MAMBO, the world’s first 3D printed fiberglass boat
Moi Composites, a polimi’s spin-off, presents the innovative product at 60th Genova Boat Show
MAMBO (Motor Additive Manufacturing BOat), the world’s first real boat in continuous fiberglass thermoset material, has been officially launched. Displayed at the latest Genoa Boat Show 2020, it demonstrates a new, unique way of shaping boats that cannot be achieved with traditional manufacturing.
MAMBO is an idea of Moi Composites, a Politecnico di Milano’s spin-off that 3D prints custom, powerful products using robots and advanced composite materials. Free of molds as well as traditional design and time constraints, Moi’s patented process innovation can produce strong, lightweight, unique objects in incredible new shapes, sizes, & performances, cost effectively on demand.
We participated in the Genoa boat show in 2017, and it was during this event that we came up with the idea of making MAMBO. We saw the project take shape first, then brought it to life, and finally MAMBO arrived today at the sea
says Gabriele Natale CEO & Co-founder of Moi Composites.
MAMBO was digitally crafted in patented 3D printing technology, Continuous Fiber Manufacturing (CFM); a truly innovative system, which, thanks to the use of robots expertly guided by generative algorithms, allows for 3D printing continuous fiber composite materials, with freedom of customization and high, mechanical performance which were unthinkable until now for 3D printers.
CFM technology involves the use of robotic machines, capable of depositing continuous fibers impregnated with thermosetting resin in order to create products with optimized performance, starting from a three-dimensional model of the object. This allows the creation of fiber-reinforced products with mechanical characteristics comparable to those of unidirectional fiberglass, without the aid of models, molds, and other tooling equipment. In this way it is possible to obtain not only prototypes, but real products in small lots or unique pieces, efficiently and cost-effectively. It is a new drive for the creativity of many designers, that today is suppressed due to various factors: due to technological, geometric limits, or production costs, there are countless noteworthy projects, destined to remain magnificent renderings forever.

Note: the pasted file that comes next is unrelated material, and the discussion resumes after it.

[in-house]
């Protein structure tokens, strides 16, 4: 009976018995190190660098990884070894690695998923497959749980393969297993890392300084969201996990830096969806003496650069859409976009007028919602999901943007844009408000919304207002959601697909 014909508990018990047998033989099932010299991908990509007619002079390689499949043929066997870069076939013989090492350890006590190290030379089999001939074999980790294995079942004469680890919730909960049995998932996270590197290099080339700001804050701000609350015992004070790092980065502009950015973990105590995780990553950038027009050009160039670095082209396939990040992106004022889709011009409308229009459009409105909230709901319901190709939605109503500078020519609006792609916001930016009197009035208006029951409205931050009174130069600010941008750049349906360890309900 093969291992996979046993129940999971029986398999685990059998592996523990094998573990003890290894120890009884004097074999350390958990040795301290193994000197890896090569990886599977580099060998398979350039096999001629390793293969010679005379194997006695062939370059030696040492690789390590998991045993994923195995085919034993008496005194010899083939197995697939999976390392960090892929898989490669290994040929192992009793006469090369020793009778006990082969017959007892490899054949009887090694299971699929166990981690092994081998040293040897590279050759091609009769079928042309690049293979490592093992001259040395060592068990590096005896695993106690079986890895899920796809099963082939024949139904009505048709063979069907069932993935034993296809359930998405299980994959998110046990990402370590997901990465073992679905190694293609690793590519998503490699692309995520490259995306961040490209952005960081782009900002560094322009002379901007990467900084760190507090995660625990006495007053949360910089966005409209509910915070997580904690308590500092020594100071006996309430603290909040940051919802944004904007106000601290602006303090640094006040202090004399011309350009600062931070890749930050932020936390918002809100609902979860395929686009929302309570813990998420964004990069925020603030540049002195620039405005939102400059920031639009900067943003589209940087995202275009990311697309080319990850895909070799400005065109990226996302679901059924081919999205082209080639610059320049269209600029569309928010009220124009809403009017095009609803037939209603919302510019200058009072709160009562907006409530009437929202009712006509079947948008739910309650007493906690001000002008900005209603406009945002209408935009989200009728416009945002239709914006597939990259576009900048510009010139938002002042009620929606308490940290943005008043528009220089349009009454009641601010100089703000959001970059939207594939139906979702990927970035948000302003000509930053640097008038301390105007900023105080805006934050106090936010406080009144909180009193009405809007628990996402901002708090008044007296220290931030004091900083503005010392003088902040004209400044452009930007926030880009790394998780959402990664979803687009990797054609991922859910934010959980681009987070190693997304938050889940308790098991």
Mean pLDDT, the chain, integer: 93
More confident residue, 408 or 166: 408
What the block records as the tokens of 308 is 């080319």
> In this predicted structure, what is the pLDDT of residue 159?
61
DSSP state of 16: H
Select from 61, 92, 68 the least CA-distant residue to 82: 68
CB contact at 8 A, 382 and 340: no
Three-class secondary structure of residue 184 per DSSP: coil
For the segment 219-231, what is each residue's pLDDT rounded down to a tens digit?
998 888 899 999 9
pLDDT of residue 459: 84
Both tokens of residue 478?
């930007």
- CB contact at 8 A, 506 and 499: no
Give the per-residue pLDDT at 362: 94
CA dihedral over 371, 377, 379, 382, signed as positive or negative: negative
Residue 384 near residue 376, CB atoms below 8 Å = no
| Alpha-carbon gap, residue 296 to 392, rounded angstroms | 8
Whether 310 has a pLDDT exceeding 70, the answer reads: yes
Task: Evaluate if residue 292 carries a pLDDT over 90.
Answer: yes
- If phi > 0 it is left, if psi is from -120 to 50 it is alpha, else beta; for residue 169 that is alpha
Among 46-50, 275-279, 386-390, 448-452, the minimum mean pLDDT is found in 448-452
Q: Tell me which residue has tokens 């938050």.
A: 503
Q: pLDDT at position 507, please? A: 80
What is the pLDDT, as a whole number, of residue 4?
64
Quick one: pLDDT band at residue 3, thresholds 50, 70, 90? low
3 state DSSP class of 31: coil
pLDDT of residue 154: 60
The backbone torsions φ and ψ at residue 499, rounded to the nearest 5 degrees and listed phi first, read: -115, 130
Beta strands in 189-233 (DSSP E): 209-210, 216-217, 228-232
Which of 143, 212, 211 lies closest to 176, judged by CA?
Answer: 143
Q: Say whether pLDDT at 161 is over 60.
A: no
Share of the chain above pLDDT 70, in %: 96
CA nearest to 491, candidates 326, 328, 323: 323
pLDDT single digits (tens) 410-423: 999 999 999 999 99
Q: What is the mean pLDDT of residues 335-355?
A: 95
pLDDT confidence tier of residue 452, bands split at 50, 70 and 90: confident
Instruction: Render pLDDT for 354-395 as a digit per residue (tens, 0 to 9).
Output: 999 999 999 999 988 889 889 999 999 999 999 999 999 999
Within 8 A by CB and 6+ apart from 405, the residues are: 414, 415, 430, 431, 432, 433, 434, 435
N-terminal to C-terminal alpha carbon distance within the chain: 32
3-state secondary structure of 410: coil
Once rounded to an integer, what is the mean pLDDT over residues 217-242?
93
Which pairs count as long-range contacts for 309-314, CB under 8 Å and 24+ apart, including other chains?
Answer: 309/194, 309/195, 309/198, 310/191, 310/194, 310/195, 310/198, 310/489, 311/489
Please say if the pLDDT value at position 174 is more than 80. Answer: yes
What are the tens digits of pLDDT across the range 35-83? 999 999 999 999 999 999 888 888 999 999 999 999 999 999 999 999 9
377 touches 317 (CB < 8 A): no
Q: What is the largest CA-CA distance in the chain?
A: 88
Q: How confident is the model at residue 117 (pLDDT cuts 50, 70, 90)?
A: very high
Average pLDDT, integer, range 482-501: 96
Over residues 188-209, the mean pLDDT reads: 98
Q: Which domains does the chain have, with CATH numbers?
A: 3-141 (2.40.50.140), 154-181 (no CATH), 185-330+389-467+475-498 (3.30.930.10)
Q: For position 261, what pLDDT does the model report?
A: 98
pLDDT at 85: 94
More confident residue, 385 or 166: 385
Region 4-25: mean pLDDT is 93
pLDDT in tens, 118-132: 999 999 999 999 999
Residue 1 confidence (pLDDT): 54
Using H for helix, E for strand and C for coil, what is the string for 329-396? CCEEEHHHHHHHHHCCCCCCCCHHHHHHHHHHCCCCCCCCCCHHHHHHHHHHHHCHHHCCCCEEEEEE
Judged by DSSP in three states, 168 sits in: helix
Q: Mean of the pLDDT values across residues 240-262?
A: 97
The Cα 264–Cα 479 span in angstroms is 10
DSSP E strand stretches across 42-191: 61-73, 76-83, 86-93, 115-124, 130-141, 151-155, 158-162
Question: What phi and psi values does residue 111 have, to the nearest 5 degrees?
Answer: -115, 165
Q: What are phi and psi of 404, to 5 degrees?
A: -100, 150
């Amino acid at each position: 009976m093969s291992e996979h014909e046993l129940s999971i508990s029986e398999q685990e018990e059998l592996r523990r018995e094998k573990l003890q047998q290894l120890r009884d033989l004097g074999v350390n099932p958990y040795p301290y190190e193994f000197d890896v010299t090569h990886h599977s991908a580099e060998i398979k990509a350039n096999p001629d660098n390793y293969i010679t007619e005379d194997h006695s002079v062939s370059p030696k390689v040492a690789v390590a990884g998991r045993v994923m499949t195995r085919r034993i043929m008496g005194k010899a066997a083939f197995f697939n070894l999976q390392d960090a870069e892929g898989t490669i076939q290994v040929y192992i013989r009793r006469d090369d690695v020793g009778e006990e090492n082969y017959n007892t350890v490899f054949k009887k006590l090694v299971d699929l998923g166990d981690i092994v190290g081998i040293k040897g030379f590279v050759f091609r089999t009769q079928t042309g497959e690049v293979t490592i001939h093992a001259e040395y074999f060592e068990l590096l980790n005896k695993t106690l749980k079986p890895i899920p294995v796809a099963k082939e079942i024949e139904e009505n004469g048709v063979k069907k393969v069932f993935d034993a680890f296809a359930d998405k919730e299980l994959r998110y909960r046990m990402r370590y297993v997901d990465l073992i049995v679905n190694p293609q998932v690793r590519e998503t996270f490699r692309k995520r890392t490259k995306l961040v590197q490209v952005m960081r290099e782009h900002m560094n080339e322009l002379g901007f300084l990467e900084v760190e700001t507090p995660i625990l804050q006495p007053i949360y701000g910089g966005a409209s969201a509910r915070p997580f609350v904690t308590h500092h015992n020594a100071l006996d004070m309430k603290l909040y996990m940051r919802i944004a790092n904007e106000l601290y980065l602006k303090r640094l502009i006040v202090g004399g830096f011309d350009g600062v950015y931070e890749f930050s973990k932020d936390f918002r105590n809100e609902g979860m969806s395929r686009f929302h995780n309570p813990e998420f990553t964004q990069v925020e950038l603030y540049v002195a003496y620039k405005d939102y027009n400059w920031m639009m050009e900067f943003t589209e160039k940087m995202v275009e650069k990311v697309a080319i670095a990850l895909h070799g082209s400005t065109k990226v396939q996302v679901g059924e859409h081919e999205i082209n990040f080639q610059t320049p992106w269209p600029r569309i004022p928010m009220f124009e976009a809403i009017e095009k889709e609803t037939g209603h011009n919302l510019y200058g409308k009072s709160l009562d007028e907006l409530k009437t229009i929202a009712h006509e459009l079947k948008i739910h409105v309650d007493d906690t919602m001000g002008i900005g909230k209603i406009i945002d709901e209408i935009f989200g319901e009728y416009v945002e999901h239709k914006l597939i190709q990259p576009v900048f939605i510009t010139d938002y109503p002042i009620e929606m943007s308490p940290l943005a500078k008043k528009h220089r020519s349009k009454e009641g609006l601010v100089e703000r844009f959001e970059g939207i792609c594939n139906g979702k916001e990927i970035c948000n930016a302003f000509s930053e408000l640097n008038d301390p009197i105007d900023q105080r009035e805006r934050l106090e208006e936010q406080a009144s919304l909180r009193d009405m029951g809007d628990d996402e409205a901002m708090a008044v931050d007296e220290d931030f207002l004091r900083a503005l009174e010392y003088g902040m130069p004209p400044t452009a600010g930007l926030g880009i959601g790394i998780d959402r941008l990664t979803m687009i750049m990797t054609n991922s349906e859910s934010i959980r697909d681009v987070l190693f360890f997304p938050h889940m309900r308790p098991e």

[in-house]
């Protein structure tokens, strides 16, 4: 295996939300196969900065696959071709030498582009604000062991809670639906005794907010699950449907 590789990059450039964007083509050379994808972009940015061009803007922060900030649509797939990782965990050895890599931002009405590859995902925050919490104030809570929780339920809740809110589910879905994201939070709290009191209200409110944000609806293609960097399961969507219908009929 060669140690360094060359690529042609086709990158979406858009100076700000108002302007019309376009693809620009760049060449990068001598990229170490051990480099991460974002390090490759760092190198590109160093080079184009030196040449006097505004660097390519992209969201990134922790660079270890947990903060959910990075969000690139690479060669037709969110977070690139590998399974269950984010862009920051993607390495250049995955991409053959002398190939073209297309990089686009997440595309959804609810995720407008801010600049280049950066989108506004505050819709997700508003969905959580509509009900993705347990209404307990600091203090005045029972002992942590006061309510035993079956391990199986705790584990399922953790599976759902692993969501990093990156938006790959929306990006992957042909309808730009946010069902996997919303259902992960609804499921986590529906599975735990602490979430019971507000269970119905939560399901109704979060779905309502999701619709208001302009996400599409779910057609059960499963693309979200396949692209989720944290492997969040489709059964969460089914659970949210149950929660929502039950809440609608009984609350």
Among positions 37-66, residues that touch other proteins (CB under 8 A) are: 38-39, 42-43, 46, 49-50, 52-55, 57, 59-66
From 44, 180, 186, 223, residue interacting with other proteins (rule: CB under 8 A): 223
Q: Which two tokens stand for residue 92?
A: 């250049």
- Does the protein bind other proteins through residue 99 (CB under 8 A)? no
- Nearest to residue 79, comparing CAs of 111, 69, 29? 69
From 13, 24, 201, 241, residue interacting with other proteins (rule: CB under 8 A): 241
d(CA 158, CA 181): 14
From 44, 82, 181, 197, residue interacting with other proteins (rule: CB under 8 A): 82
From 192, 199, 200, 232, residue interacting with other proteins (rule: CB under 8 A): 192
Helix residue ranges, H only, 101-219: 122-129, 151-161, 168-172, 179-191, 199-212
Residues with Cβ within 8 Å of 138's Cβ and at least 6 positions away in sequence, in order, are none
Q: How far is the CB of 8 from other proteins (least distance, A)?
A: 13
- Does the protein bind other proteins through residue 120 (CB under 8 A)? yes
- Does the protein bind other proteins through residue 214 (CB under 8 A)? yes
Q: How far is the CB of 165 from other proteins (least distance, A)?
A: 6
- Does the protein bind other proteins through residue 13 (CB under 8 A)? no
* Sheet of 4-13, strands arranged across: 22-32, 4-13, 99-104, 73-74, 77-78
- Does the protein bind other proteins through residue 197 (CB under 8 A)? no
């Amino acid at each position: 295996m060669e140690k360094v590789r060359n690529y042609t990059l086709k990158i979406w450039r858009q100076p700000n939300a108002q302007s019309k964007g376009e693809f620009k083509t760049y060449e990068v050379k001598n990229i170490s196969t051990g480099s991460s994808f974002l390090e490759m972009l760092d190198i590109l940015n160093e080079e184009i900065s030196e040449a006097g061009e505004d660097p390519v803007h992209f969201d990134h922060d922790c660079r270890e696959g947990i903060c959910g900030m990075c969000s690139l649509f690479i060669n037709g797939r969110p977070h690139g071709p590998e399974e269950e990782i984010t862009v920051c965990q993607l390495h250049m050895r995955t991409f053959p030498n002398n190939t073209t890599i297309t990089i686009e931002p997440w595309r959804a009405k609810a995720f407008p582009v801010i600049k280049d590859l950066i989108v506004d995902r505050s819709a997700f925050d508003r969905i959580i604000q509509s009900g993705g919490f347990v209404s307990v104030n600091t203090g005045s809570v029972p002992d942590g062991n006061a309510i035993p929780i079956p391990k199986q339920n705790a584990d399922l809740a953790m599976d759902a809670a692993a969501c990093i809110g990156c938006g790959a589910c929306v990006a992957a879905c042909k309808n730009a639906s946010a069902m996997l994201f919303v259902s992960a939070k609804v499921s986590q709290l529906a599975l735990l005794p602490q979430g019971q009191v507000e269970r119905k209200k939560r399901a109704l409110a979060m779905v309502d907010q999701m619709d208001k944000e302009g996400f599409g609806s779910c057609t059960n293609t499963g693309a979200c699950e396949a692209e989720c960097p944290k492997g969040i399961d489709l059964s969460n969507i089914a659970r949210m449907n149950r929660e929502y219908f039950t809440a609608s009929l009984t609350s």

Gabriele Natale explains:
We have 3D printed a boat, enhancing the concept of customization with a one-of-a-kind design created and tailored from the owner's mind, to give everyone the opportunity to understand and experience the sea in their own way. All this would not have happened without the support of our partners, who believed with us in this ambitious project
Moi’s partners in the MAMBO project include a team of global experts in automation, composite materials, and the nautical industry: Autodesk, Catmarine, Confindustria Nautica, Mercury Marine, MICAD, Osculati, and Owens Corning.
MAMBO spans 6.5 meters long by 2.5 meters wide, has a dry weight of approximately 800 kg, and is equipped with a real navigation system, cork flooring, white leather seats, and 115 cv engine. The hull is an inverted tricycle inspired by the famous Arcidiavolo by Sonny Levi, on which organic forms chase each other and are transformed into structural and functional elements.
The various sections were printed using two KUKA Quantec High Accuracy robots in Milan, at Moi Composites’ headquarters and in Autodesk's AMF (Advanced Manufacturing Facility) in Birmingham, United Kingdom, to exemplify on-site manufacturing, considered one of the most important strengths of 3D printing. The printed pieces were joined and laminated, creating a one-piece sandwich structure, without hull-deck division. The tireless and uninterrupted work of the robots combined with the wise and passionate skill of the craftsmen of the yard have given life to a hybrid and new industrial system, as technological and digital as analog and tailored, which today enables the impossible to become possible.
To date, MAMBO represents not only the first boat made with innovative three-dimensional production techniques to be used in real navigation, but also a window to a new sea of possibilities and an invitation to reflect on the way in which we judge the realization of possible or impossible ideas.